Ten'an (天安) was a Japanese era name (年号, nengō, "year name") after Saikō and before Jōgan. This period spanned the years from February 857 through April 859.[1] The reigning emperors were Montoku-tennō (文徳天皇) and Seiwa-tennō (清和天皇).[2]

Change of EraEdit

  • January 30, 857 Ten'an gannen (天安元年): The new era name was created to mark an event or series of events. The previous era ended and the new one commenced in Saikō 4, on the 21st day of the 2nd month of 857.[3]

Events of the Ten'an eraEdit

  • September 27, 858 (Ten'an 2, 27th day of the 8th month): Emperor Montoku dies.[4] Korehito-shinnō receives the succession (senso). Shortly thereafter, Emperor Seiwa formally accedes to the throne (sokui).[5]
  • September 27, 858 (Ten'an 2, 27th day of the 8th month): In the 8th year of Montoku-tennō's reign (文徳天皇8年), the emperor abdicated;[4] and the succession (senso) was received by his son. Shortly thereafter, Emperor Seiwa is said to have acceded to the throne (sokui).[6]
  • December 15, 858 (Ten'an 2, 7th day of the 11th month): The emperor's official announcement of his enthronement at age 9 was accompanied by the appointment or his grandfather as regent (sesshō). This is the first time that this high honor has been accorded to a member of the Fujiwara family, and it is also the first example in Japan of the accession of an heir who is too young to be emperor. The proclamation of the beginning of Seiwa's reign was made at the Ise Shrine (Kotai-jingu) at Ise and at all the tombs of the imperial family.[7]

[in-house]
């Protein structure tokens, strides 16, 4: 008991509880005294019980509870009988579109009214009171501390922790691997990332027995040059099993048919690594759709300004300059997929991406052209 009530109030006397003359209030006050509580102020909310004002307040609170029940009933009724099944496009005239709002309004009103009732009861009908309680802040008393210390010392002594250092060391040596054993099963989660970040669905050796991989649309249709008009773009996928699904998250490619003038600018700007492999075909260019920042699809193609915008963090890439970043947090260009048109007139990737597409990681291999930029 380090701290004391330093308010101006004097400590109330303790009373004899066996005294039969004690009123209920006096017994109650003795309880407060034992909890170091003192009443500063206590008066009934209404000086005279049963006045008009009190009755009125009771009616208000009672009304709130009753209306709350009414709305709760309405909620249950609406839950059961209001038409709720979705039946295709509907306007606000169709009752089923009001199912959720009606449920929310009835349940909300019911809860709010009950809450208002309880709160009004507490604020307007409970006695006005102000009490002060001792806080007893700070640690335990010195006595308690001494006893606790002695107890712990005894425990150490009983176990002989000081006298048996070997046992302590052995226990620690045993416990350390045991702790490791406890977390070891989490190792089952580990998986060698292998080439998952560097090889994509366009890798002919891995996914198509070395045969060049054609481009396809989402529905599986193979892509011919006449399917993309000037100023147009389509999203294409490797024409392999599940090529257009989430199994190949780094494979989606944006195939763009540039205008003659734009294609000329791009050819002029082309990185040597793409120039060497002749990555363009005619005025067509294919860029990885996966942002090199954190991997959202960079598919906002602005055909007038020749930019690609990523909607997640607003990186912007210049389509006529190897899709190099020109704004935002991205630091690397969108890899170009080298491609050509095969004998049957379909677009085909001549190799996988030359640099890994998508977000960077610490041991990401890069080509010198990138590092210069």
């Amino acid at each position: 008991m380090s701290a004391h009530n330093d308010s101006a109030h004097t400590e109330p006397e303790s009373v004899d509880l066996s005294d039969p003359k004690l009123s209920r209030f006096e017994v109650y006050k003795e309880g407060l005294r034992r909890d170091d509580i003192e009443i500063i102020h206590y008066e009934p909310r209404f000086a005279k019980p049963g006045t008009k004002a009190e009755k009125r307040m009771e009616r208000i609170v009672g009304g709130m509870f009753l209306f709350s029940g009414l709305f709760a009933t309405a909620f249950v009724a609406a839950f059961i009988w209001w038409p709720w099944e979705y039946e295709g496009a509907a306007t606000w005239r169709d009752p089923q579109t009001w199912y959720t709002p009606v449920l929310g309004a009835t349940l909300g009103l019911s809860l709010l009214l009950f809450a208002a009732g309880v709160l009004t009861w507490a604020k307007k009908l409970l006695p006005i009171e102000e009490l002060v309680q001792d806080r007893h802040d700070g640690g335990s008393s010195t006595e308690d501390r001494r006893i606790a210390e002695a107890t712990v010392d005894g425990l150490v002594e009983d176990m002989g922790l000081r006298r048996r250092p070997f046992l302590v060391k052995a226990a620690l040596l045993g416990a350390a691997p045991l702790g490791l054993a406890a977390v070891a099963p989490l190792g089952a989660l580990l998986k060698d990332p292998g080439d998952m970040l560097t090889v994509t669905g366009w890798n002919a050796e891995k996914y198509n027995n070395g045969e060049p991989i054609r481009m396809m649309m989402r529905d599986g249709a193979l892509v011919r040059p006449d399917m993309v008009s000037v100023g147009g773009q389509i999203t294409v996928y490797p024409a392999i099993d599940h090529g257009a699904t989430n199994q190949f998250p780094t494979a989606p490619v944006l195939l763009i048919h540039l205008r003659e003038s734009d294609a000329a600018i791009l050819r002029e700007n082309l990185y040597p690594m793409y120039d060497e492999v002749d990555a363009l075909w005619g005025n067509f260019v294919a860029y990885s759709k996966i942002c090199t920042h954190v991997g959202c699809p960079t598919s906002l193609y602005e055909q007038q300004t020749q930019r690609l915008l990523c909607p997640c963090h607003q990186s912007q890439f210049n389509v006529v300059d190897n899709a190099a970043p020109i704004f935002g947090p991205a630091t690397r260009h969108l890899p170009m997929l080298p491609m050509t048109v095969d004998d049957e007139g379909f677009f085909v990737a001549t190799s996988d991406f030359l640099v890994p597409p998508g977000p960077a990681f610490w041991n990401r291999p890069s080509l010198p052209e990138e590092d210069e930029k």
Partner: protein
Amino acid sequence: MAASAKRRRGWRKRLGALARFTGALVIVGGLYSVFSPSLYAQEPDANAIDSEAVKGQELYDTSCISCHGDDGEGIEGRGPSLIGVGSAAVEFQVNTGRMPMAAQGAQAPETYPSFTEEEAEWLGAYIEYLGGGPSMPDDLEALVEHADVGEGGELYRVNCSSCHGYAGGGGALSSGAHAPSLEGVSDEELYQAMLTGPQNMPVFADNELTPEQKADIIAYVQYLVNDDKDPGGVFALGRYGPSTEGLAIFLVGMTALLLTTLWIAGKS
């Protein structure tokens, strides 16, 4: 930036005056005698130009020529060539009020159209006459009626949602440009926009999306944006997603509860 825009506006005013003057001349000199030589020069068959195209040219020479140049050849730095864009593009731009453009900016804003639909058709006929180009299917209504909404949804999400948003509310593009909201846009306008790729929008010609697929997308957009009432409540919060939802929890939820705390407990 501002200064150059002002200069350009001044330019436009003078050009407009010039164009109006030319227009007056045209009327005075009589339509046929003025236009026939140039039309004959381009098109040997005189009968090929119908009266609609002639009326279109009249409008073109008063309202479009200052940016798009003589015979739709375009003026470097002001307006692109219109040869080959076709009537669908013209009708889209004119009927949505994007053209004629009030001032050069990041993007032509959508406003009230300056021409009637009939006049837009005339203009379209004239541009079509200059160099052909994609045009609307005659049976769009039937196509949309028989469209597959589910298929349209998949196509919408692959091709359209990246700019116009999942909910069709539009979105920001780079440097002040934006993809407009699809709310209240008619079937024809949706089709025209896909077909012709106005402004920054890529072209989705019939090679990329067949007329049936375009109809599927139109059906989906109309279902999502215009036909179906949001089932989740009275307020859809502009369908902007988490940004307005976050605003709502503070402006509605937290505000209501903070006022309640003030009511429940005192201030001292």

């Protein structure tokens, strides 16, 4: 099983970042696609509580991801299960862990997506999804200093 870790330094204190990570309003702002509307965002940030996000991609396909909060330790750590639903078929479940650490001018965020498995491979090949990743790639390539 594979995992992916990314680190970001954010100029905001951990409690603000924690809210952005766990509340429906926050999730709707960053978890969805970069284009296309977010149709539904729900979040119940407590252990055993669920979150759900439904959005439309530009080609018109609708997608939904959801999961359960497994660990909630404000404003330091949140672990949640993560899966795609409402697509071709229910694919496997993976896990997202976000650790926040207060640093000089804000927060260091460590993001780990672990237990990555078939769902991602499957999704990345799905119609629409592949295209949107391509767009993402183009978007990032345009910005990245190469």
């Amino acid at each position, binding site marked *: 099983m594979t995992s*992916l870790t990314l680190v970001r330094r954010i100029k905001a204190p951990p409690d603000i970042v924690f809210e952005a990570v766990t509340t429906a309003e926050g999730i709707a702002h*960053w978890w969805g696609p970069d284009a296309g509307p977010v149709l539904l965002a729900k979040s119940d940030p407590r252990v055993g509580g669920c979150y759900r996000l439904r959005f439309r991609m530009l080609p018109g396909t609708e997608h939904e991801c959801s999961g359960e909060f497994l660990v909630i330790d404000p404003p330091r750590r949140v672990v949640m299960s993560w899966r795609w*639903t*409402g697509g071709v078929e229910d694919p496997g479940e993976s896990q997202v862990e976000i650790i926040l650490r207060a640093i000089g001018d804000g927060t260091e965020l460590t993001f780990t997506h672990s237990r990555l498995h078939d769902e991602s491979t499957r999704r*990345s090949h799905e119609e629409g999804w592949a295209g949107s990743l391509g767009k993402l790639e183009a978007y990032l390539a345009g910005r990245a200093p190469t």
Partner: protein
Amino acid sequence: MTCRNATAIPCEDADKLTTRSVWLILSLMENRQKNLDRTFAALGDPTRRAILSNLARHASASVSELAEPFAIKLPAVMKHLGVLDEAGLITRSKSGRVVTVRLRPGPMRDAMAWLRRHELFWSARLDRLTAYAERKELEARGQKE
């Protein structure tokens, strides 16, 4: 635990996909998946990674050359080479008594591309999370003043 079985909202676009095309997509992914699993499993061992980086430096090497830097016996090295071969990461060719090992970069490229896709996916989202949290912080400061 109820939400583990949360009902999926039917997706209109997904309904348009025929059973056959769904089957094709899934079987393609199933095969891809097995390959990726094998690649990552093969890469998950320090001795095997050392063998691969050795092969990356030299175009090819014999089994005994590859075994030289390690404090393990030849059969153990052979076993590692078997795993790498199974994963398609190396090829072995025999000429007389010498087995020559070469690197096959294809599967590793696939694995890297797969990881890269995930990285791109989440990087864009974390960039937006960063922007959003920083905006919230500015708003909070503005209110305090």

1. ^ Nussbaum, Louis-Frédéric. (2005). "Ten'an" in Japan Encyclopedia, p. 957, p. 957, at Google Books; n.b., Louis-Frédéric is pseudonym of Louis-Frédéric Nussbaum, see Deutsche Nationalbibliothek Authority File Archived 2012-05-24 at archive.today.
  2. ^ Titsingh, Isaac. (1834). Annales des empereurs du japon, p. 112; Brown, Delmer et al. (1979). Gukanshō, pp. 264–265; Varley, H. Paul. (1980). Jinnō Shōtōki, p. 165.
  3. ^ Brown, p. 285.
  4. ^ a b Titsingh, p. 115.
  5. ^ Varley, p. 44; a distinct act of senso is unrecognized prior to Emperor Tenji; and all sovereigns except Jitō, Yōzei, Go-Toba, and Fushimi have senso and sokui in the same year until the reign of Go-Murakami.
  6. ^ Brown, pp. 286; Varley, p. 44.
  7. ^ Titsingh, p. 115; Brown, p. 286.


  • Brown, Delmer M. and Ichirō Ishida, eds. (1979). Gukanshō: The Future and the Past. Berkeley: University of California Press. ISBN 978-0-520-03460-0; OCLC 251325323
  • Nussbaum, Louis-Frédéric and Käthe Roth. (2005). Japan encyclopedia. Cambridge: Harvard University Press. ISBN 978-0-674-01753-5; OCLC 58053128
  • Titsingh, Isaac. (1834). Nihon Ōdai Ichiran; ou, Annales des empereurs du Japon. Paris: Royal Asiatic Society, Oriental Translation Fund of Great Britain and Ireland. OCLC 5850691
  • Varley, H. Paul. (1980). A Chronicle of Gods and Sovereigns: Jinnō Shōtōki of Kitabatake Chikafusa. New York: Columbia University Press. ISBN 9780231049405; OCLC 6042764

External linksEdit

Preceded by Era or nengō

Succeeded by